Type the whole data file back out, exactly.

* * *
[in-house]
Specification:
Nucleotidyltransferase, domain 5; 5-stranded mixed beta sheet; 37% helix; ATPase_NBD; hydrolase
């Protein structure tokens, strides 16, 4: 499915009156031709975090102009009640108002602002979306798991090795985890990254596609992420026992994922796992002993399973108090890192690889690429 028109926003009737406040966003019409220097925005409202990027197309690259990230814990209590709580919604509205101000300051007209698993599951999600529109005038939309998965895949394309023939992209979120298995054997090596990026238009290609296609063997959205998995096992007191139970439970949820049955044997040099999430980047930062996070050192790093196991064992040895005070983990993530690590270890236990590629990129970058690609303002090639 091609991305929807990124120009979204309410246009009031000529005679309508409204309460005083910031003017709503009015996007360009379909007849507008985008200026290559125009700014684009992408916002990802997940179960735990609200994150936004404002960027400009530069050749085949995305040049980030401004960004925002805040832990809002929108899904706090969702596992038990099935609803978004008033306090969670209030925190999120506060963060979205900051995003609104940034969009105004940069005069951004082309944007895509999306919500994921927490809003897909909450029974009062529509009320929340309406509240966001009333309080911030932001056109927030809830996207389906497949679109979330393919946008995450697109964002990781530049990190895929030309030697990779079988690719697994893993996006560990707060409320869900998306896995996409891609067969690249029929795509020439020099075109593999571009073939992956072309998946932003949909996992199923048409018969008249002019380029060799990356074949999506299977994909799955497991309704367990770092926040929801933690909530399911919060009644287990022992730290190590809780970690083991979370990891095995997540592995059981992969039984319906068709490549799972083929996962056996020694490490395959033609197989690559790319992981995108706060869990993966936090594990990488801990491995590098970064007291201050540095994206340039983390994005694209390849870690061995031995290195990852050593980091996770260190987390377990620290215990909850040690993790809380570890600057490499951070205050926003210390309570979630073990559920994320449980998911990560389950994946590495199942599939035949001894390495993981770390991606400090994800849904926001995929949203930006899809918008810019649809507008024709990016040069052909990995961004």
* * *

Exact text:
[in-house]
Specification:
Nucleotidyltransferase, domain 5; 5-stranded mixed beta sheet; 37% helix; ATPase_NBD; hydrolase
């Protein structure tokens, strides 16, 4: 499915009156031709975090102009009640108002602002979306798991090795985890990254596609992420026992994922796992002993399973108090890192690889690429 028109926003009737406040966003019409220097925005409202990027197309690259990230814990209590709580919604509205101000300051007209698993599951999600529109005038939309998965895949394309023939992209979120298995054997090596990026238009290609296609063997959205998995096992007191139970439970949820049955044997040099999430980047930062996070050192790093196991064992040895005070983990993530690590270890236990590629990129970058690609303002090639 091609991305929807990124120009979204309410246009009031000529005679309508409204309460005083910031003017709503009015996007360009379909007849507008985008200026290559125009700014684009992408916002990802997940179960735990609200994150936004404002960027400009530069050749085949995305040049980030401004960004925002805040832990809002929108899904706090969702596992038990099935609803978004008033306090969670209030925190999120506060963060979205900051995003609104940034969009105004940069005069951004082309944007895509999306919500994921927490809003897909909450029974009062529509009320929340309406509240966001009333309080911030932001056109927030809830996207389906497949679109979330393919946008995450697109964002990781530049990190895929030309030697990779079988690719697994893993996006560990707060409320869900998306896995996409891609067969690249029929795509020439020099075109593999571009073939992956072309998946932003949909996992199923048409018969008249002019380029060799990356074949999506299977994909799955497991309704367990770092926040929801933690909530399911919060009644287990022992730290190590809780970690083991979370990891095995997540592995059981992969039984319906068709490549799972083929996962056996020694490490395959033609197989690559790319992981995108706060869990993966936090594990990488801990491995590098970064007291201050540095994206340039983390994005694209390849870690061995031995290195990852050593980091996770260190987390377990620290215990909850040690993790809380570890600057490499951070205050926003210390309570979630073990559920994320449980998911990560389950994946590495199942599939035949001894390495993981770390991606400090994800849904926001995929949203930006899809918008810019649809507008024709990016040069052909990995961004």